The Washington Senators didn’t win the last World Series in DC, it was the Washington Homestead Grays of the Negro League

The Homestead Grays pose for a 1948 team portrait in Pittsburgh. Star Buck Leonard appears in the back row, far left (Photo by Mark Rucker/Transcendental Graphics, Getty Images)

As the Washington Nationals battle for the World Series in 2019, we look back to a DC baseball dynasty that once featured some of the greatest players to ever live. We’re not talking about the Washington Senators, but the Washington Homestead Grays of the Negro League.

Before Jackie Robinson broke the Major League Baseball color barrier with the Brooklyn Dodgers in 1947, African American baseball players competed in the Negro League.

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The Washington Homestead Grays were considered a dynasty in the Negro League, competing in the most Negro World Series and winning the most too. The Grays featured some of the greatest baseball players of all time, including Josh Gibson, Cool Papa Bell, Oscar Charleston, Jud Wilson, and Smokey Joe Williams. Twelve former players for the Grays now grace the halls of Cooperstown.

Pitcher Smokey Joe Williams (left) and catcher Josh Gibson (right). (Getty Images)

In all, the Grays won the Negro World Series in 1943, 1944 and 1948, while claiming league titles 11 times from 1931 to 1948.

The Grays were originally based in Homestead, Pennsylvania, near Pittsburgh, and known as the Homestead Grays. The team later began playing at Forbes Field, the home of the Pittsburgh Pirates.

As the team became more regionally known in the early 1940s, the Grays began playing half of their home games in the District and half of their games in Pittsburgh. By 1943, the Grays began playing more than two-thirds of their home games in DC as attendance grew in the nation’s capital.

Satchel Paige of the Kansas City Monarchs talks with Josh Gibson of the Homestead Grays before a game in Kansas City in 1941. (Photo by Mark Rucker/Transcendental Graphics, Getty Images)

When playing in DC, the team played at Griffith Stadium, home of the Washington Senators, and went by the name Washington Homestead Grays.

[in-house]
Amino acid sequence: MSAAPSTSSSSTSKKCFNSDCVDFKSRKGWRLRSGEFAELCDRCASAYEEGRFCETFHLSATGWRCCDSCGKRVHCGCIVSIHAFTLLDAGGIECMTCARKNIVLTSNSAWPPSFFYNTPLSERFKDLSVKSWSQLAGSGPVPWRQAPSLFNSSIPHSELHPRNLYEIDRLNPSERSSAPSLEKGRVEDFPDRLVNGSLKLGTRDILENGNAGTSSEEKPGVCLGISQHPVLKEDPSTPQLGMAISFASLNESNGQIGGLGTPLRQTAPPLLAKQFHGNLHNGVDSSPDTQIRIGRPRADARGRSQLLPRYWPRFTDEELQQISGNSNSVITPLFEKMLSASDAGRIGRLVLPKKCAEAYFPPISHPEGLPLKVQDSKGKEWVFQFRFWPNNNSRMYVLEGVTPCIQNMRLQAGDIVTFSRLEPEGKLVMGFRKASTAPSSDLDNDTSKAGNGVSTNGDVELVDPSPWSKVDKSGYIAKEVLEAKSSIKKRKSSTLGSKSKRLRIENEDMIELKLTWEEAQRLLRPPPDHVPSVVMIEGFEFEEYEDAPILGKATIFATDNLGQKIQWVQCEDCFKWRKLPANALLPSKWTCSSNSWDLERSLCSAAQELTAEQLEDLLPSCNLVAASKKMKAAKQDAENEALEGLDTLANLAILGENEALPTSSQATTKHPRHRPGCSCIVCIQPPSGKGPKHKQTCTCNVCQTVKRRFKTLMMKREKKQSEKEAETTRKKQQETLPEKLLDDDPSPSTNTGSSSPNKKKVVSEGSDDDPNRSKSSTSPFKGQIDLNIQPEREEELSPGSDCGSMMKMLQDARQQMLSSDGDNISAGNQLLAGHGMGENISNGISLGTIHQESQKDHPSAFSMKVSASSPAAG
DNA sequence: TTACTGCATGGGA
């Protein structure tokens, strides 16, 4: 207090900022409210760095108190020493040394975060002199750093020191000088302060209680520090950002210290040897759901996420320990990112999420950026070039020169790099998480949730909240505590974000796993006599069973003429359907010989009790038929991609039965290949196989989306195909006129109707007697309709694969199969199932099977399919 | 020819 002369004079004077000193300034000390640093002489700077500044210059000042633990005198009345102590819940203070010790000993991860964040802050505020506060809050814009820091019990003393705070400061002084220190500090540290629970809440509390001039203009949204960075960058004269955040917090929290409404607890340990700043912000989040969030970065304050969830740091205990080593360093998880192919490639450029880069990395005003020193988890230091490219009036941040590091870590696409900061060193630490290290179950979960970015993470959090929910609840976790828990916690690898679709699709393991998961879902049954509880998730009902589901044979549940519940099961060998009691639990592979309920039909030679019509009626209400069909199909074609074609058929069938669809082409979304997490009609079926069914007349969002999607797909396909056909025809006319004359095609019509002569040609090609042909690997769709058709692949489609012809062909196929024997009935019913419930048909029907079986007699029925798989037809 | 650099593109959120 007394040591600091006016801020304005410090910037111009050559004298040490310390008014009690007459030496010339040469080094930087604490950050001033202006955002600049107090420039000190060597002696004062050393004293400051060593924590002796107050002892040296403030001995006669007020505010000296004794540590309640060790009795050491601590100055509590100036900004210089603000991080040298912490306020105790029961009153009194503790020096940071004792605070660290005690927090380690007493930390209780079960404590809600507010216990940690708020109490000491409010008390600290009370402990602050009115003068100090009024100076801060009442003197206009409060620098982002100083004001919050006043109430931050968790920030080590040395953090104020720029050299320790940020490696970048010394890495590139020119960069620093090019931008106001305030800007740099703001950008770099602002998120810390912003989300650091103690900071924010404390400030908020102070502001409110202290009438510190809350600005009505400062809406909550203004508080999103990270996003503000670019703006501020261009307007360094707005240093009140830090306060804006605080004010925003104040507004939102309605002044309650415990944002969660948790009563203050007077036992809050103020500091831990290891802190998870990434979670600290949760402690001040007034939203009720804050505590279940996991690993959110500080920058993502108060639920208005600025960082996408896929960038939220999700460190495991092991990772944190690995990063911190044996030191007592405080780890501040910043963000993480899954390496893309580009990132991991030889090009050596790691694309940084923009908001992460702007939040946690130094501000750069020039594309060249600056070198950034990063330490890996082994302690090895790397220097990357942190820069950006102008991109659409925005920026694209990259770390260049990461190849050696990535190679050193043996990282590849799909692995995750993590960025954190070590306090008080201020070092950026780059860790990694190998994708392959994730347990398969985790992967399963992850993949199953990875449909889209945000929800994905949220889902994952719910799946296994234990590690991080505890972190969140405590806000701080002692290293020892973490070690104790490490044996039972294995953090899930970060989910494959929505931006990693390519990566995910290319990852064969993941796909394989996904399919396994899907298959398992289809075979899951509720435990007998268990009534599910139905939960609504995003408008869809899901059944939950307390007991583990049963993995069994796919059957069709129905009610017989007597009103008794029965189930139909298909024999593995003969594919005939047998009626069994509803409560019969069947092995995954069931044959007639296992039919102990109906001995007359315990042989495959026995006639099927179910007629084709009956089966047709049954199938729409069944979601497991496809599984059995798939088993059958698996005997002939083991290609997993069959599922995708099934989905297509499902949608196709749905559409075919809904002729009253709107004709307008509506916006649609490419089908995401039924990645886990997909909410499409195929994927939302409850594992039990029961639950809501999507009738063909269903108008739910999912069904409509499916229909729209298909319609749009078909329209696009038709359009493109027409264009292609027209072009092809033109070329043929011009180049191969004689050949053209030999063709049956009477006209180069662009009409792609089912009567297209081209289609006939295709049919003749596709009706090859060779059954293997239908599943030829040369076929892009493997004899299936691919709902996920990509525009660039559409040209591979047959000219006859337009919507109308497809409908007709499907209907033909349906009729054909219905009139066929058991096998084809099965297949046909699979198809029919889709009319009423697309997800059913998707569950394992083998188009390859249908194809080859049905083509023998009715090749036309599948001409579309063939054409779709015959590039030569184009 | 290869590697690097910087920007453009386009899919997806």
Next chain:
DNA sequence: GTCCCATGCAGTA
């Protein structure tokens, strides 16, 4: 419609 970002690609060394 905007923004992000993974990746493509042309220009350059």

The last championship the Grays won was in 1948 against the Birmingham Black Barons. The Black Barons featured a 17-year-old playing in his first professional season who went by the nickname “The Say Hey Kid.” That teenager was Willie Mays, who went on to be one of the greatest players in MLB history.

In the 1948 Negro League World Series, the Grays were led by first basemen and future Hall of Famer Buck Leonard, who batted cleanup behind legendary baseball player Josh Gibson for years. While the Grays won the World Series in 1948, a World Series game was not actually played in DC though. The World Series that year was played in Kansas City, New Orleans and Birmingham.

Hall of Famer Buck Leonard runs to first base, maned by James Stark, as the Homestead Grays play the New York Black Yankees at Griffith Stadium in Washington DC in 1940. (Photo by Transcendental Graphics/Getty Images)

The last Negro World Series game to be played in the District was in 1945 when the Grays and the Cleveland Buckeyes played at Griffith Stadium. The Buckeyes would end up sweeping the Grays that year.

Following the Grays’ World Series victory in 1948, the Negro National League collapsed and the Grays struggled as an independent baseball club and disbanded in 1951.

You can watch all the 2019 World Series action on FOX 5.